Students seeking a career in bioprocessing should begin thinking about how their background applies or can be tailored to meet the growing needs of the field. "My primary advice to anyone considering this field is to take as many courses in engineering and biology as possible," says Wood. "The new era of bioprocessing will be driven by basic biological science in harmony with conventional engineering approaches, and those who can move easily between those two worlds will have the greatest opportunities and impacts in this area," he says. "This fact is becoming increasingly clear to hiring managers and companies, and many universities have now specifically increased their teaching and research efforts in biological and biomolecular engineering."
Junker notes that careers in bioprocessing are largely interdisciplinary in nature so "some knowledge and appreciation of the challenges outside one's own area of expertise is highly valued," she says. "Teamwork and written and oral communication skills also are essential, especially for effective and efficient problem-solving," she adds.
Moyer agrees that practical skills for operations, problem-solving, and teamwork are important, as are strong communication skills—both written and verbal. "Prior job experience, preferably in a job outside of academic training, is required for all employment levels at Incell," she adds.
According to Robinson, people seeking a career in bioprocessing should get plenty of experience in molecular biology and chemical engineering at the graduate and postdoctoral level and should seek to develop a mixture of technical skills in these areas.
By all accounts, a career in bioprocessing can be highly rewarding. "I've found that one thing that binds many people who work in this industry is the satisfaction that the work that you're doing is going to making someone's life better," says Fino.
As a sign of the field's infancy and growth, the International Society for BioProcess Technology was launched only last year. We interviewed the organization's Executive Director Keith L. Carson, ChE, MBA, about the bioprocessing industry and potential careers in the field.
Q: How does The International Society for BioProcess Technology serve its members?
A: The International Society for BioProcess Technology is dedicated to the scientists and engineers who have day-to-day responsibility for creating and managing scalable and reproducible processes as well as the assays needed to ensure indisputable quality. Through networking events and the society's web-based resources, biotech professionals can access and share the techniques and best practices needed for safe, effective, and consistent products.
We also provide resources to help companies find the right individuals, and help individuals find the right jobs.
Q: What are some of the undergraduate and graduate career options available in this field and what are the job prospects like?
A: There is a continual need for both undergraduate and graduate qualifications holders throughout the bioprocessing industry for positions in research, process development, production, quality control, quality assurance, validation, and other functions. There is a fairly constant demand for degrees from all the biological sciences including biochemistry, microbiology, cell biology, and molecular biology. In addition, good chemists can always provide significant value in a number of areas including protein and analytical chemistry. Then there is a strong need for engineers who can interface effectively with the scientists, plus design and operate the systems and facilities needed to make the products. The field is dominated by chemical engineers, but biochemical and mechanical engineers also occupy important positions, and it is certainly possible for an electrical engineer to find a role on the facility and instrumentation side of the larger companies.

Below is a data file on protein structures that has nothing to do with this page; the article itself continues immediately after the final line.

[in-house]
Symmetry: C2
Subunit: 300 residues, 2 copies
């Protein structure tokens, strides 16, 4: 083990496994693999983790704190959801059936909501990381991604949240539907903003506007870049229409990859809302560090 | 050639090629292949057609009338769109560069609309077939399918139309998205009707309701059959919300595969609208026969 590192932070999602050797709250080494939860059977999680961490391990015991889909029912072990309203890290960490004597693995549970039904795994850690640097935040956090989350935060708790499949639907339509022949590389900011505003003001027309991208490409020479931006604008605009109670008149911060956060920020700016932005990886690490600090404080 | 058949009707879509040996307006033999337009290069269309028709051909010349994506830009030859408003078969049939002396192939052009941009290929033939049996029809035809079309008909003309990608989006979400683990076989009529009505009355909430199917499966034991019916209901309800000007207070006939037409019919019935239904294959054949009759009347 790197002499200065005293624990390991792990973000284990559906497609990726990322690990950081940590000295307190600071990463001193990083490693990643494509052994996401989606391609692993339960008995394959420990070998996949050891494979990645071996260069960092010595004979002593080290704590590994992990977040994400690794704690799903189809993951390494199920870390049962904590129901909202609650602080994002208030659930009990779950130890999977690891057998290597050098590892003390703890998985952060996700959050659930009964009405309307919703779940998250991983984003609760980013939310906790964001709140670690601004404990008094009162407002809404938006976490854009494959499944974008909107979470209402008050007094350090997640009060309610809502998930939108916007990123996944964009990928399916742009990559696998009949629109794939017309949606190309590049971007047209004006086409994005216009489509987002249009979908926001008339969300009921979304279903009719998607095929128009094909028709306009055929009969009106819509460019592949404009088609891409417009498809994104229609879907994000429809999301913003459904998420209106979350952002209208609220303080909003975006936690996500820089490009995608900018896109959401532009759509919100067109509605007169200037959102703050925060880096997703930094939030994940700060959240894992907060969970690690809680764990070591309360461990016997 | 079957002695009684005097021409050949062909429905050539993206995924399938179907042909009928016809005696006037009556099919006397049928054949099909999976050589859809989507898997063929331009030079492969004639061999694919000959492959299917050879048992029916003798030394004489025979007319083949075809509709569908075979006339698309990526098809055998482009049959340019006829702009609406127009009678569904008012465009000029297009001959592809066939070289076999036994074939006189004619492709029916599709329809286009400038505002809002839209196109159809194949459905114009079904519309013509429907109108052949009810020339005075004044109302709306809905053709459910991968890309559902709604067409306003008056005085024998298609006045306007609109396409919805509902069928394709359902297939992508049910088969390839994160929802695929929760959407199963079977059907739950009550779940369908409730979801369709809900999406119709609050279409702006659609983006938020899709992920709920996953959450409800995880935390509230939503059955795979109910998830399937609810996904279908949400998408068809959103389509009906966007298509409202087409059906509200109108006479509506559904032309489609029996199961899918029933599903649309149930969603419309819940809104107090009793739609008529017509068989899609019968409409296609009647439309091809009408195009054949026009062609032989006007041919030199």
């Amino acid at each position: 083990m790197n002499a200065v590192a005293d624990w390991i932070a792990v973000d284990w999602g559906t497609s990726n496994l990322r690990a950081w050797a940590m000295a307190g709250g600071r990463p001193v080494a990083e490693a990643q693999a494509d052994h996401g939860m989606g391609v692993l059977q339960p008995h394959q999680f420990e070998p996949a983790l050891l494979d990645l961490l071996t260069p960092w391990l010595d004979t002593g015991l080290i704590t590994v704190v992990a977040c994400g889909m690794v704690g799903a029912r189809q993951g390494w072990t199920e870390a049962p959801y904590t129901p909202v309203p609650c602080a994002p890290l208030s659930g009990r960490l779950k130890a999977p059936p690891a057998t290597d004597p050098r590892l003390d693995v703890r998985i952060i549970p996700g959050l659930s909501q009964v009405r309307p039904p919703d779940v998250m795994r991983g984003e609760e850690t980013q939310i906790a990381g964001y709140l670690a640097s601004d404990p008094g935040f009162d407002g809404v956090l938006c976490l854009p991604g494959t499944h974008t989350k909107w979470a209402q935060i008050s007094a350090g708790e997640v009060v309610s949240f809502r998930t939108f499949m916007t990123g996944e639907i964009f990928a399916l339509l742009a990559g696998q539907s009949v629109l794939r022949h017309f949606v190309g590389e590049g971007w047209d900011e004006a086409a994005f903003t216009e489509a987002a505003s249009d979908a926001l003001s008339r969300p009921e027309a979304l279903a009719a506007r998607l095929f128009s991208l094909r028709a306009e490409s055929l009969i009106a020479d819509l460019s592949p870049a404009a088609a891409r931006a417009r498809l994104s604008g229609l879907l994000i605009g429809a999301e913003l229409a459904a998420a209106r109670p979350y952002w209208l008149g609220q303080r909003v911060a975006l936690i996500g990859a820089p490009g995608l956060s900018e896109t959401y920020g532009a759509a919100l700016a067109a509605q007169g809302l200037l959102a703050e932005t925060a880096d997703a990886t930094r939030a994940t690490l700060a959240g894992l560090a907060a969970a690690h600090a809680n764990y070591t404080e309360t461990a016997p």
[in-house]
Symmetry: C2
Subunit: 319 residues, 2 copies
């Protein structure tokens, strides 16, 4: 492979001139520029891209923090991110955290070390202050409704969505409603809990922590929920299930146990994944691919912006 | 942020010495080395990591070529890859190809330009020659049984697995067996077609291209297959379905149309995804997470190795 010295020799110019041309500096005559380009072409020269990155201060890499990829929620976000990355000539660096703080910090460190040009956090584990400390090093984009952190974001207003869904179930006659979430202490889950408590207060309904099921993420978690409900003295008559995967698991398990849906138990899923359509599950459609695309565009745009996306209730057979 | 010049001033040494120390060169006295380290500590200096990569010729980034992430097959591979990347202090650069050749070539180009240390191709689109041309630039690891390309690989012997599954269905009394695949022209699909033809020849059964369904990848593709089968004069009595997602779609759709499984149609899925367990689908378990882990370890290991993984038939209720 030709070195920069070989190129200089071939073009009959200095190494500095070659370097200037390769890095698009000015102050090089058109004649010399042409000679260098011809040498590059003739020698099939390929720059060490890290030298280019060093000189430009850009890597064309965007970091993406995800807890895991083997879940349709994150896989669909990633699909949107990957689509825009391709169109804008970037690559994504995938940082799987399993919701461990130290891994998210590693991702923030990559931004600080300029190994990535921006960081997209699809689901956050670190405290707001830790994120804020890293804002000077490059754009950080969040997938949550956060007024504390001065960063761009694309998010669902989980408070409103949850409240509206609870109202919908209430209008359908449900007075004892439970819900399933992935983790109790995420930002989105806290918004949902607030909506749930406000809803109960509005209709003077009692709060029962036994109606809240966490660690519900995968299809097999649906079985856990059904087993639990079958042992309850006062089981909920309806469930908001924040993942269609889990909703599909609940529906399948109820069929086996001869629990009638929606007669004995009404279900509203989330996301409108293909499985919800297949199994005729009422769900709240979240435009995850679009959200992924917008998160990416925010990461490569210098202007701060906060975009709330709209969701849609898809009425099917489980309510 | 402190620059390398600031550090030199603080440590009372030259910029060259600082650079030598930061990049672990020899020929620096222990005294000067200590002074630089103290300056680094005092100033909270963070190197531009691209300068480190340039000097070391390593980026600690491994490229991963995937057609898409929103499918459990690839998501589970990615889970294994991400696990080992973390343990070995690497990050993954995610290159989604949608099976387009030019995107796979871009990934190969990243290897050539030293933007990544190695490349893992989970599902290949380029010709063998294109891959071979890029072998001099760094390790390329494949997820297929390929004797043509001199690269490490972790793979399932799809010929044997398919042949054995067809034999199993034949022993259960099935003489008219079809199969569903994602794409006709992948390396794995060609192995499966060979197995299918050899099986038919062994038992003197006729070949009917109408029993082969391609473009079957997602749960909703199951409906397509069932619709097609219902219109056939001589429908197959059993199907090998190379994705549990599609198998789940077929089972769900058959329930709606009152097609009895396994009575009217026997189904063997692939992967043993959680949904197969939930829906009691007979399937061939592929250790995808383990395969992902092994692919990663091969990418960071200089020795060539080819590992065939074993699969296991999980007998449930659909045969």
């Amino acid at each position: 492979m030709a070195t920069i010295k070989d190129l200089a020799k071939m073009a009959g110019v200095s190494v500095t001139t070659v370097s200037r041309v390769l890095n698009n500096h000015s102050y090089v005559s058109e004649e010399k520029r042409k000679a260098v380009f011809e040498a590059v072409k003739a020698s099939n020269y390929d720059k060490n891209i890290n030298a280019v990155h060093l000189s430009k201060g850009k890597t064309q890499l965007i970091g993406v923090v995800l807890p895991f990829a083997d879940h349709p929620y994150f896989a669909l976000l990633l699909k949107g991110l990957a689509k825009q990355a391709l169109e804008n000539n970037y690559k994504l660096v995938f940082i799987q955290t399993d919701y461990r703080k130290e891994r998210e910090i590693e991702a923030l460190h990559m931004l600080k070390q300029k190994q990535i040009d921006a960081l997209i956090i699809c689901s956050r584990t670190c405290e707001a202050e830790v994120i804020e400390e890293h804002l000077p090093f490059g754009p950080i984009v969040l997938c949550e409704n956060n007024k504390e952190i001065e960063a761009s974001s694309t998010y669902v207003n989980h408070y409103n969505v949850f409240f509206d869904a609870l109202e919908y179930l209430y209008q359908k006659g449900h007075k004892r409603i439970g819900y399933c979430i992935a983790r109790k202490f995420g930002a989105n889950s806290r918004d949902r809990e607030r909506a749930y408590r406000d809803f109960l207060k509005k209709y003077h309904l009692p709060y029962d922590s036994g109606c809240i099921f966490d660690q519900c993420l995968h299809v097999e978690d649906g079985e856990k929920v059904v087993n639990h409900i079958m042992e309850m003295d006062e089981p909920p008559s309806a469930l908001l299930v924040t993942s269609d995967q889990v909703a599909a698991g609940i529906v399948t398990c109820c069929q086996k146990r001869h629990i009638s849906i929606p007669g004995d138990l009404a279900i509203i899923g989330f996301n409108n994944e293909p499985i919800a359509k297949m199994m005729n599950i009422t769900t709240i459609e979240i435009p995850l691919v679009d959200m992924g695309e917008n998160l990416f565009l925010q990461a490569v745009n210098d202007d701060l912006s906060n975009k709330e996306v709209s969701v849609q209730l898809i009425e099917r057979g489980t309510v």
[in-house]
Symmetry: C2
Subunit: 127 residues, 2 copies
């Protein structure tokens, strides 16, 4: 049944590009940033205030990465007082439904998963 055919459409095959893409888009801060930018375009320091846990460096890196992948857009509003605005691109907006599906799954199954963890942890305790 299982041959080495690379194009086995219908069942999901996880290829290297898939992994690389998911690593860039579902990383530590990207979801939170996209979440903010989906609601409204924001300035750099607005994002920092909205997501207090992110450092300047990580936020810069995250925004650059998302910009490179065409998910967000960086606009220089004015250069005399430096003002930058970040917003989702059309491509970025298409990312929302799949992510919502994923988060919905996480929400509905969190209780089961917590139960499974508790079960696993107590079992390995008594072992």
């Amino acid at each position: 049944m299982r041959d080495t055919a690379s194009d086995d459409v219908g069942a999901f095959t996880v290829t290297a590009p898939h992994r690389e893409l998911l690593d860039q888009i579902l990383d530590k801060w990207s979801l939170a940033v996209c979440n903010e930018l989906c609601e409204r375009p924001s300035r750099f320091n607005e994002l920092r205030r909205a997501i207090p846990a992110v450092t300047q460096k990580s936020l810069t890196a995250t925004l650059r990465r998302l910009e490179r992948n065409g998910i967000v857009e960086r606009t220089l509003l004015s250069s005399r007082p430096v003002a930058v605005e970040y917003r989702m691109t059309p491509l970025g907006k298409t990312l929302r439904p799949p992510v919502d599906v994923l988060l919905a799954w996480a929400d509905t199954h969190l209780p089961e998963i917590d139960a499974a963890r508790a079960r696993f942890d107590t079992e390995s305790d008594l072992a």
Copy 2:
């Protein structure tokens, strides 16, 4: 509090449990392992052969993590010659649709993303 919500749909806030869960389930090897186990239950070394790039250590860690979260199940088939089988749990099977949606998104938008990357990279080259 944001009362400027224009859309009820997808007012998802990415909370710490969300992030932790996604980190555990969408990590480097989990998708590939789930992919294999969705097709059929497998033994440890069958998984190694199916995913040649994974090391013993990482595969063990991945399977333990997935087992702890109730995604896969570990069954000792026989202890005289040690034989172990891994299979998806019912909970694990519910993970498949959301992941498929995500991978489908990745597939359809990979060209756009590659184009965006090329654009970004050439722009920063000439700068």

While it does help to have an advanced degree, a Bachelor-level degree is sufficient for the engineering disciplines and many of the scientific fields of study. Then an MBA is always a plus for those who want to move up into management.
While many of the larger companies have been cutting staff over the last two years, I have been seeing growth in the smaller firms, and especially the contract service companies [that perform testing, development, and production]. However, for career advancement, it tends to work best if someone can first get a few years under his or her belt at a big company.
Q: What advice would you have for someone who might be interested in a career in this field?
A: I highly recommend that individuals do all they can to intern with a large biopharmaceutical company while in undergraduate school, plus take advantage of programs that many universities offer and allow undergraduates to work alternating semesters in very meaningful jobs.
Then if someone wants an advanced degree, he or she should consider doing this part-time while working for a large firm, who might even pay for the courses. And finally, it makes little sense to me for someone to do postdoctoral work in an academic institution where pay may be low and the learning experience doesn't compare to what can be obtained in industry. Typically, the big firms have all the latest technology available and there is often no shortage of money or supplies.
Finally, there are many good positions that are constantly becoming available in various government agencies, including the U.S. Food and Drug Administration. Starting salaries may range between $80K and $100K for individuals with Ph.D.s. Then with this type of experience, a regulatory affairs job in industry will be easily attainable.
Emma Hitt is a freelance medical and science writer residing in Marietta, Georgia.